If you are a Digital Nomad, you may already have a funny feeling in the pit of your stomach about that word. When I’m working abroad and exploring the globe, living my life, loving the experience and someone says “so where’s home for you?”, I often look perplexed.
Home is right here. Wherever I am. I am home. Inside of me. Where my heart resides.
But, the more conventional thought on home is where you’re from or where you have a literal home. When people ask, what their often referring to is where was I born, raised and my family from?
Easy. Toronto, Ontario, Canada.
But, my Digital Nomad soul knows that home is so much more than where I was born. It’s where I feel welcomed, connected, loved and supported.
To me, home is:
Toronto – because my mom & dad are here and it’s where my business took off.
Colorado – where I lost my heart and still hear it call in the mountains.
Ohio – where I built a tribe of awakened conscious loving souls who support me… no matter what.
Hawaii – because my senses light up when I arrive and everything pulls me closer to aloha.
New Zealand – where my heart currently lives and I feel safe, loved, happy, connected, and free. Where my best life longs to be lived and my dreams continue to grow.
In Me – my heart, mind, spirit connect and home is where I stand. In nature, the grocery store, driving in the car, on a plane. Home is me.
So, when I “go home” meaning Toronto, I struggle. It doesn’t feel like “home” in the traditional sense anymore. It feels like a place I used to know that my family still resides in. Toronto feels like somewhere I’ve been in long distant memory.
For many Digital Nomads, the reason “home” is difficult is that it brings up their past. For me, I was married and divorced here. I was sick here. I launched a business and grew a business here that opened me up to the rest of the globe. Many memories are amazing here but many still hurt.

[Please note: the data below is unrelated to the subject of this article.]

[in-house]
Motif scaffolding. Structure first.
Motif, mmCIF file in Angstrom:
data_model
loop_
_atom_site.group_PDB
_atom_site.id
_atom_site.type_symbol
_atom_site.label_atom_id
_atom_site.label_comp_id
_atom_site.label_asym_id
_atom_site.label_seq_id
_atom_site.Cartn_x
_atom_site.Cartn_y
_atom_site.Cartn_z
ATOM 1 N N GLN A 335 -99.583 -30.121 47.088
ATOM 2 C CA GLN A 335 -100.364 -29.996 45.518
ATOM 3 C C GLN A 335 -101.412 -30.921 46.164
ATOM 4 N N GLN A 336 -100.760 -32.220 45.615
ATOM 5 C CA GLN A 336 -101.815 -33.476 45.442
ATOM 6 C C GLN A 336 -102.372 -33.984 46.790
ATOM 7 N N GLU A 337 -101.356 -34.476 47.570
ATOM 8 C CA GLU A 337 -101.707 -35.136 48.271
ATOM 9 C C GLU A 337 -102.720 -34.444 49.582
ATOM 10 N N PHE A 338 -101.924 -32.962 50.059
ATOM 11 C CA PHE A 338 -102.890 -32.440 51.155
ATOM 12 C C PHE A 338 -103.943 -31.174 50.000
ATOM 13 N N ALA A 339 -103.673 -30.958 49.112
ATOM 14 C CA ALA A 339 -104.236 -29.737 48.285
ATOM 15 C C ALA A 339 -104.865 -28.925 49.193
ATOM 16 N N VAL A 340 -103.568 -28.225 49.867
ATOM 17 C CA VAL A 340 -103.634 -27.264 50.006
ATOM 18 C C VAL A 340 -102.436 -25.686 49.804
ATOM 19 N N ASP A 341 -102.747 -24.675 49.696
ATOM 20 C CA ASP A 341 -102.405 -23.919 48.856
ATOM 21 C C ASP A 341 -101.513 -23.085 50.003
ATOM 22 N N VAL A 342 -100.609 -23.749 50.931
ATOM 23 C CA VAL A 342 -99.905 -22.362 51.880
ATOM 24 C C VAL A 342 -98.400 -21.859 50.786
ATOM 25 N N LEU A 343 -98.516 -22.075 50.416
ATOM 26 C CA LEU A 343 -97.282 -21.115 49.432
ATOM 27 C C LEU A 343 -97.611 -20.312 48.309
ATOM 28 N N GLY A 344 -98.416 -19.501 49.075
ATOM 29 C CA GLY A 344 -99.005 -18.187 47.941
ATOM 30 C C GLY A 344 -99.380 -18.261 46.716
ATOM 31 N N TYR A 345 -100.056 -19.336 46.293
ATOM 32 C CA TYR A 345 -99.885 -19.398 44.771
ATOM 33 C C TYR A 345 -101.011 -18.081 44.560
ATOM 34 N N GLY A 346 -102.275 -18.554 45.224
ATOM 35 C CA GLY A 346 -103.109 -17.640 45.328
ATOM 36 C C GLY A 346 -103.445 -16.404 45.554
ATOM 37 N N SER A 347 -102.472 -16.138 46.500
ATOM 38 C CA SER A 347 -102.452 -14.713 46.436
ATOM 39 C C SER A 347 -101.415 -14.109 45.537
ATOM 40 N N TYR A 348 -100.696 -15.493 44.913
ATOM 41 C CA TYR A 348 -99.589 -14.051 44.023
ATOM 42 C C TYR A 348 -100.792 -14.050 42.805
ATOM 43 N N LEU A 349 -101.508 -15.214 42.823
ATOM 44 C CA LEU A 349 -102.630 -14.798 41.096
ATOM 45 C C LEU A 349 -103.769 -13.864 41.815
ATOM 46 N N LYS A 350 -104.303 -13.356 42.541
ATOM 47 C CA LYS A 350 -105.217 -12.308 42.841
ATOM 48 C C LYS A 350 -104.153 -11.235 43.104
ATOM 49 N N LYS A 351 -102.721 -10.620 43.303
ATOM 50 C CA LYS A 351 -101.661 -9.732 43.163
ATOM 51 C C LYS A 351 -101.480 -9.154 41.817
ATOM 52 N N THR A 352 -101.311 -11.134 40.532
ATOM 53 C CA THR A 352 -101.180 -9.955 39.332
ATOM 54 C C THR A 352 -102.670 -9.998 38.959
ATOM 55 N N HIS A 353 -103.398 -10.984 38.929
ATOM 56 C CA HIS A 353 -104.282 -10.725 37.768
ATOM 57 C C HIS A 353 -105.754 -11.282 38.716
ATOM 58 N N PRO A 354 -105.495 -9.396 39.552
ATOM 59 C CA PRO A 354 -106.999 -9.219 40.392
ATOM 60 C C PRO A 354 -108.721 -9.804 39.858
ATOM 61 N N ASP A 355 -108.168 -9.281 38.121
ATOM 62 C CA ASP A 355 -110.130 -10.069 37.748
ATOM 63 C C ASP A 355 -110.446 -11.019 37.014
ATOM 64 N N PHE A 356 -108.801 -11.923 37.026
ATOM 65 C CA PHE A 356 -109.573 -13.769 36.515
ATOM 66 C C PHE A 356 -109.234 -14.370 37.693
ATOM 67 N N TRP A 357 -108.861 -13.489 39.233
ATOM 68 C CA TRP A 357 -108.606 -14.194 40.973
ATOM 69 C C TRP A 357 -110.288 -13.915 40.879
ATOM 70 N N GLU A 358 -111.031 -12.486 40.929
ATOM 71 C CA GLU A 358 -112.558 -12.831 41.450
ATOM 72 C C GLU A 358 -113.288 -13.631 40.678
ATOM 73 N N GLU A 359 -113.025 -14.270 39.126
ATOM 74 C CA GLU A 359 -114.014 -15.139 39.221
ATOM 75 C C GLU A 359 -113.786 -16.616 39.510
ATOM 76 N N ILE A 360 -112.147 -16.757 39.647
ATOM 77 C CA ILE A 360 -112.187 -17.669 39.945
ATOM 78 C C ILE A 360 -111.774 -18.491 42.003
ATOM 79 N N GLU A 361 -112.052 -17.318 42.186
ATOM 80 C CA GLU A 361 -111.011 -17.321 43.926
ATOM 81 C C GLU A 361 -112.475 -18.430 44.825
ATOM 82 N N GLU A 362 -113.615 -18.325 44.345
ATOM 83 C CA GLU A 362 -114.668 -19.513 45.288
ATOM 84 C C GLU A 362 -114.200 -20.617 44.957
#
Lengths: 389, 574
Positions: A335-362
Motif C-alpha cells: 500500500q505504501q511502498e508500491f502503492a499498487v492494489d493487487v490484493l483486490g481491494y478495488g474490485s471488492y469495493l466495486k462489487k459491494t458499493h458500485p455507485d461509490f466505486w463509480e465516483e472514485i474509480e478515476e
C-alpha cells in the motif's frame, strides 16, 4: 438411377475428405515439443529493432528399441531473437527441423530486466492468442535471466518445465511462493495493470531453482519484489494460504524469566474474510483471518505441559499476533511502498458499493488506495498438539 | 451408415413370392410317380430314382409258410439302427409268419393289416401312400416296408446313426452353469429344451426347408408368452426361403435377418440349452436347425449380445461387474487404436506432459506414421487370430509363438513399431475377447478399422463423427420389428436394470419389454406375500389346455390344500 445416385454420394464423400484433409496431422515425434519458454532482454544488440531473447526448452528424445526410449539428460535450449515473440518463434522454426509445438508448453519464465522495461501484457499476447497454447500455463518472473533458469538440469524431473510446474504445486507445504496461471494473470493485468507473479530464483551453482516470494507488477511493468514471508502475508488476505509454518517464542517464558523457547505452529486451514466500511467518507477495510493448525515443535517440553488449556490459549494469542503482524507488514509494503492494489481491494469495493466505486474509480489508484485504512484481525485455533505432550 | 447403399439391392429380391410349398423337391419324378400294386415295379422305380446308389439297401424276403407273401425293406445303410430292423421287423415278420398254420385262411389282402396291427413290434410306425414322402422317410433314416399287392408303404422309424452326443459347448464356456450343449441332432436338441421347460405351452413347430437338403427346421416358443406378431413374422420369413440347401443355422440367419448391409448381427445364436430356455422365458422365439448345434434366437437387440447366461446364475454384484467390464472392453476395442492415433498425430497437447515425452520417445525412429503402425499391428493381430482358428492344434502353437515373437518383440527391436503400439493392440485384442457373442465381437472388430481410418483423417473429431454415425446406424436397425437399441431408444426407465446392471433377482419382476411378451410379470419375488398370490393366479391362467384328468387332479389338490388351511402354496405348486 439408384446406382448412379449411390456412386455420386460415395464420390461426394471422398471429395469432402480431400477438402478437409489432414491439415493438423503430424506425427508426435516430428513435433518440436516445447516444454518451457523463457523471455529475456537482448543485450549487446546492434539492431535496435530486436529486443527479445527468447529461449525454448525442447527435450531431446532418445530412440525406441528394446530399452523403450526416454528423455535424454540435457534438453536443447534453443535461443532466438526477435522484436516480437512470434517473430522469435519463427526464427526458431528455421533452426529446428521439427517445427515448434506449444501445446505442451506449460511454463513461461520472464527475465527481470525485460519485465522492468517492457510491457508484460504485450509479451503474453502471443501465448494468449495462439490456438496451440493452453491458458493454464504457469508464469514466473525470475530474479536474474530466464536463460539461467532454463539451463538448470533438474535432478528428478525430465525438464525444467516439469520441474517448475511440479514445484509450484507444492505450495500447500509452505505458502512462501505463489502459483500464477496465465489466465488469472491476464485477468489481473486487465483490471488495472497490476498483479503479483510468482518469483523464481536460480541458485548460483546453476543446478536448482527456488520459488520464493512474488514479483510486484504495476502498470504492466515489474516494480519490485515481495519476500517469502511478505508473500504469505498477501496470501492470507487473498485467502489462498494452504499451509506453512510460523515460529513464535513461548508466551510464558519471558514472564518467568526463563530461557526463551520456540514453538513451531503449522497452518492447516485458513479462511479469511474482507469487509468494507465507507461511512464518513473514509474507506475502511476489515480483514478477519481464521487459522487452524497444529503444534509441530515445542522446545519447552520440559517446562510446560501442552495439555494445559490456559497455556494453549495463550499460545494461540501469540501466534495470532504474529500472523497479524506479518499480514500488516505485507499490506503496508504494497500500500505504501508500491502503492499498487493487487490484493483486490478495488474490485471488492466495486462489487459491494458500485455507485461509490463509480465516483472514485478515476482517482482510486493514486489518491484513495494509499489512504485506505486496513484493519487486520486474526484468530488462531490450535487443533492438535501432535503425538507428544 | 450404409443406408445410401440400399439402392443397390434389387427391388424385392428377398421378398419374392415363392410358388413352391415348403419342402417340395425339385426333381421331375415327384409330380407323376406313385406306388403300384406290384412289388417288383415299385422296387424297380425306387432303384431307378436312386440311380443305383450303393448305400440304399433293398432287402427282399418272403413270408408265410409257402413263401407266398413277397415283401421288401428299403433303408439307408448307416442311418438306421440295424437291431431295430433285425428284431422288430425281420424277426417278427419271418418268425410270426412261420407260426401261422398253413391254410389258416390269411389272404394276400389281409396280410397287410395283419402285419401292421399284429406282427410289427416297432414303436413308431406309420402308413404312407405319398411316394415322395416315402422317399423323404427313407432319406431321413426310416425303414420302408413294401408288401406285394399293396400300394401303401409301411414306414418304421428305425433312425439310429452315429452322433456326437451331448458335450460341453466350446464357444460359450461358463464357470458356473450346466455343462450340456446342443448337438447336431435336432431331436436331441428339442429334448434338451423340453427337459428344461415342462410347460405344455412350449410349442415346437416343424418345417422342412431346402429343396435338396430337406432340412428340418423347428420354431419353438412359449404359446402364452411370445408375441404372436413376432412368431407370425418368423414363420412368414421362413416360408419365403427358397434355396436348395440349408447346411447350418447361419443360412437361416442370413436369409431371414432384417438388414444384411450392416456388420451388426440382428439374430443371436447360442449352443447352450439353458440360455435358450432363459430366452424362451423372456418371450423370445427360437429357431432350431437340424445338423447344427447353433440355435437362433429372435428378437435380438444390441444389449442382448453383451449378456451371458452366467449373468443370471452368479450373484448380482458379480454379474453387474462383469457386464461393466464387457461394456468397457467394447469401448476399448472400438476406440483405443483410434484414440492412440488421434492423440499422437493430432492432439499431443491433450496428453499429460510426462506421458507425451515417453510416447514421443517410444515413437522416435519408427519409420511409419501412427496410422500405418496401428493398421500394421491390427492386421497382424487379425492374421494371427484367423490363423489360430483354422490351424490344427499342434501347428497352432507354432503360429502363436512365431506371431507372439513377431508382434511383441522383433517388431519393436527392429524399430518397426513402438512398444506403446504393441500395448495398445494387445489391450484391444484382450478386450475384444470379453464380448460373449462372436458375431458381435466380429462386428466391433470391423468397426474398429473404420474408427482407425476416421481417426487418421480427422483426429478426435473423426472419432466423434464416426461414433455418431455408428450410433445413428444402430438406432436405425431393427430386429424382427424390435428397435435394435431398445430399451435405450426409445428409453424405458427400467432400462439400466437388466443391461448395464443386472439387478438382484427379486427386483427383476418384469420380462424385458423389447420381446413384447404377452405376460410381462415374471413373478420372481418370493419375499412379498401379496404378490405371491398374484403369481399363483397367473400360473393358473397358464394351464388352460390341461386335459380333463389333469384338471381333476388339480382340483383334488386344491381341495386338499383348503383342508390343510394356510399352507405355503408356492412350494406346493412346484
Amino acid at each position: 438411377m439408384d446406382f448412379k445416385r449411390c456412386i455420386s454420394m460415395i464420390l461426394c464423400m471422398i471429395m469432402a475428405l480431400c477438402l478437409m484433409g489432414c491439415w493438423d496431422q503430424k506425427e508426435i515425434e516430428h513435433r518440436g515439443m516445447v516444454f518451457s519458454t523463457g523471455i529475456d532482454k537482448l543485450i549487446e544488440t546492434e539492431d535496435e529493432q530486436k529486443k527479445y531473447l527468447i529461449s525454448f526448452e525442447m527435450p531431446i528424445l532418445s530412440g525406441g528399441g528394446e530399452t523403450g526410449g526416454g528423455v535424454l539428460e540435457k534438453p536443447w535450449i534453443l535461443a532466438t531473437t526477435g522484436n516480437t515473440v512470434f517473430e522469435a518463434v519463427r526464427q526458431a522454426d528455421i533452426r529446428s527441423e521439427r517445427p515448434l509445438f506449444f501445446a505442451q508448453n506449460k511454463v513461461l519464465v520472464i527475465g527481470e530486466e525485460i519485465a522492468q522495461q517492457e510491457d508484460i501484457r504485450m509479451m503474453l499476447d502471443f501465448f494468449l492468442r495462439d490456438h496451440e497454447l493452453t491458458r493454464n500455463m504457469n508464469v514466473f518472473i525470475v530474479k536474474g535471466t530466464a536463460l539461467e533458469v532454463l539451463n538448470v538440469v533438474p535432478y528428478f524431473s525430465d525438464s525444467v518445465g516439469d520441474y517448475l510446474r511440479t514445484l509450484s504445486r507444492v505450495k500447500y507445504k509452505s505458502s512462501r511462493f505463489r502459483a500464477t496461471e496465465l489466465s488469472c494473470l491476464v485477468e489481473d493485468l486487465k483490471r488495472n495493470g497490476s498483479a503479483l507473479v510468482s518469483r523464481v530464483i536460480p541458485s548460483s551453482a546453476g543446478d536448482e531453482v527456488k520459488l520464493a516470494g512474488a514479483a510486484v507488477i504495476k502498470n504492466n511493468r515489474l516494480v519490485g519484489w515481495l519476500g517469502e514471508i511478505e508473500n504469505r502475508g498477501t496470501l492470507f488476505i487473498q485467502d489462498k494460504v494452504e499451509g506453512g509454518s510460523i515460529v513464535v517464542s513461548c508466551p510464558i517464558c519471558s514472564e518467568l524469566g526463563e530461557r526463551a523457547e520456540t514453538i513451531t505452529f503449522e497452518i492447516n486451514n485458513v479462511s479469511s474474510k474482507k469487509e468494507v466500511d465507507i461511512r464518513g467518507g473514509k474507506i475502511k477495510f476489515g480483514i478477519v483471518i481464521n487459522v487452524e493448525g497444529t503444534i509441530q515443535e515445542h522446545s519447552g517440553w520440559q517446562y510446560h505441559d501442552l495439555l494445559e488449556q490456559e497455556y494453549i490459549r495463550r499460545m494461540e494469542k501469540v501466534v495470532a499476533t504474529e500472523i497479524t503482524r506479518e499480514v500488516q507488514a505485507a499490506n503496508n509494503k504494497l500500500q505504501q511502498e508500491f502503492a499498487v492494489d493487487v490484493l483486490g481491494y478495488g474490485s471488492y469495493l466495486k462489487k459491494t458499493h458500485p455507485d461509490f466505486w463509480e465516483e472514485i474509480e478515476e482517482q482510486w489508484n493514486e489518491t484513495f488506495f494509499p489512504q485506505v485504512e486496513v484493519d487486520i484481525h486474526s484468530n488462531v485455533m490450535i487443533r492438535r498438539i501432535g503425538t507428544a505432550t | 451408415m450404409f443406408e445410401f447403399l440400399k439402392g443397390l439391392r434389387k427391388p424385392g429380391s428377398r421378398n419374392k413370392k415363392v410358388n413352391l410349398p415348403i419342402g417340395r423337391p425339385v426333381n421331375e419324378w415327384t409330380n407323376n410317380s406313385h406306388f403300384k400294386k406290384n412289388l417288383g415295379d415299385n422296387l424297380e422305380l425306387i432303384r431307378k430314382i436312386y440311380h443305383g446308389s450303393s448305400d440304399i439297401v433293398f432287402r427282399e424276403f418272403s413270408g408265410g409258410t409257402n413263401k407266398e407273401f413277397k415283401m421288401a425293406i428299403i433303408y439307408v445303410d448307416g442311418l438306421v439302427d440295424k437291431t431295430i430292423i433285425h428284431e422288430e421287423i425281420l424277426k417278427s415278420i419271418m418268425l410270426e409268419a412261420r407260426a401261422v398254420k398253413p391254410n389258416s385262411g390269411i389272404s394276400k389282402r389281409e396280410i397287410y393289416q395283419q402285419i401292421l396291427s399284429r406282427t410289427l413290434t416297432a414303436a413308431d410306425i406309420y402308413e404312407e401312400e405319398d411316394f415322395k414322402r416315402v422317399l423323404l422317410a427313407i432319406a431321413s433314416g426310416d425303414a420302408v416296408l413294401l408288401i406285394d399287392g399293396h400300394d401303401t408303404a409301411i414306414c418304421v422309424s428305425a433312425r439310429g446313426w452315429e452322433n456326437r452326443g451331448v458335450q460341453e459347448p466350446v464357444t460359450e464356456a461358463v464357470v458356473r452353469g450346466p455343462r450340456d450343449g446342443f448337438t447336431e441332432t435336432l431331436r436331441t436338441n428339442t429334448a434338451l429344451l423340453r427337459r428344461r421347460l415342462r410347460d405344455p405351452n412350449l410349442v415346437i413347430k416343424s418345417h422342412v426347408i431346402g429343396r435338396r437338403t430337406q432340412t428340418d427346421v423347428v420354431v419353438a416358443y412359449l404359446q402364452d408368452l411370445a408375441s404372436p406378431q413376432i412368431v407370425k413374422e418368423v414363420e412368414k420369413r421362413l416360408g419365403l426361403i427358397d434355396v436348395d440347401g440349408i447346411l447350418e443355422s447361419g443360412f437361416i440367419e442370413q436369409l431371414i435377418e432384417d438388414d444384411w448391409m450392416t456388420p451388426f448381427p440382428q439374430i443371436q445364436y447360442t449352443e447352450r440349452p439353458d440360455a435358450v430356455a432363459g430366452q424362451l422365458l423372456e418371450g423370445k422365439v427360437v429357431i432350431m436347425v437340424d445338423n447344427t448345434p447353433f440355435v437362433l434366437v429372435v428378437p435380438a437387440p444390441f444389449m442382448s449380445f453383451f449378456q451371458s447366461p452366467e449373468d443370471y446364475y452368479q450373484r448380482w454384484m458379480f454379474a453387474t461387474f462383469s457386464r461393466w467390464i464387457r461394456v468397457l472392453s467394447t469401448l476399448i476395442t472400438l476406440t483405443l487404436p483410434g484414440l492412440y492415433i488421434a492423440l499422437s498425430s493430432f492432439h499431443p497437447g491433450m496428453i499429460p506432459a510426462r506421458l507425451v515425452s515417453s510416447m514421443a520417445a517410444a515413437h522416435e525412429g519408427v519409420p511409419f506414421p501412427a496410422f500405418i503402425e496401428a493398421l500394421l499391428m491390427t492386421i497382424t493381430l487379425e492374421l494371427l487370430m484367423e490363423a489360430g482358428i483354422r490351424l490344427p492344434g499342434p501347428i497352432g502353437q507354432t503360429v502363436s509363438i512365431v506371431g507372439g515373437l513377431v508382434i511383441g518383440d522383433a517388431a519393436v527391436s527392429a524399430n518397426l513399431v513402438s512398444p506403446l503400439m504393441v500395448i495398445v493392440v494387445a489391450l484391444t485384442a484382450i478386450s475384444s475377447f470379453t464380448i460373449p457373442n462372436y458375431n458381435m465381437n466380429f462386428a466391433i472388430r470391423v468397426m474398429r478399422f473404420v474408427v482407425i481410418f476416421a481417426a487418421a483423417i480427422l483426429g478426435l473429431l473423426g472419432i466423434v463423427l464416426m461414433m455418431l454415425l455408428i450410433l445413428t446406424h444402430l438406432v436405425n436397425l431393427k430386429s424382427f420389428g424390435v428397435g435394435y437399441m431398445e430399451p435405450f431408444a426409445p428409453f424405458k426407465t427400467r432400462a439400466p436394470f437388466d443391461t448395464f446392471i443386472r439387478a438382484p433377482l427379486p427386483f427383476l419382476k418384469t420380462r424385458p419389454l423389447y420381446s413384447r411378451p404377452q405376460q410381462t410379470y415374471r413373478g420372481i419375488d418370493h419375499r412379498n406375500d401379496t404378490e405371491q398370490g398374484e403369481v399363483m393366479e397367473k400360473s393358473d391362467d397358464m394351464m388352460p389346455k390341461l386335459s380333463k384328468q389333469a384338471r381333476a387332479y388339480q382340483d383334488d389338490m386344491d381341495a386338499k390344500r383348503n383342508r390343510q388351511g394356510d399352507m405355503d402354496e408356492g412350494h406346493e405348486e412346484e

Going “home” also may mean a loss of freedom. You might go “back to work” for a time. After being self-employed and working nomadically, being “chained” to a desk can feel like torture. Three weeks paid vacation sounds like a death sentence vs a Godsend. You’ve experienced and lived another way to do life and for all of it’s pitfalls (and yes there are many too) it’s awakened something deep inside of you that “home” locks in a box and hides from the sun.
“Home” can also mean culture shock. If you’ve been living abroad, you get used to a certain way people do things, live, love, be. Going home and having it be so dramatically different may expose you to longing for the things you’ve grown to love and live in your own life. For example, I miss New Zealand, because every morning I would get up, have a coffee in the sunshine, start my day outdoors and indulge in fresh fruit. At home, in Toronto, it’s been snowing, the coffee doesn’t taste the same and fresh fruit is an oxymoron in winter. It’s just not the same.
That all said, I’ve learned a few tips to manage the lack of love you may feel about “home” after being a Digital Nomad:
1) Find Grace. This means allowing yourself to feel the longing of where you’ve been but not allowing it to overtake or overwhelm where you are.
2) Connection. The key to unlocking joy is connection. See old friends. Make new ones. Reconnect with your family. Stop choosing loneliness to dwell and choose connection to forward.
3) Bring your travels home. Read a great book. Share your stories about your travels. Blog. Vlog. Open up new perspectives and ideas. Bring that home with you.
4) Plan your next trip. Nothing feels overwhelming if you know the when/where of what’s next for you. For me, I got home from New Zealand and booked Thailand. I also have Florida, Ohio, Washington, and Hawaii on the radar. It makes the homesickness just a bit easier to take.
Whatever you feel about coming “home” embrace it. It doesn’t have to be permanent. The world changes rapidly. But, it’ll be easier and more joyful if you find “home” inside of you rather than space and learn to live and let love.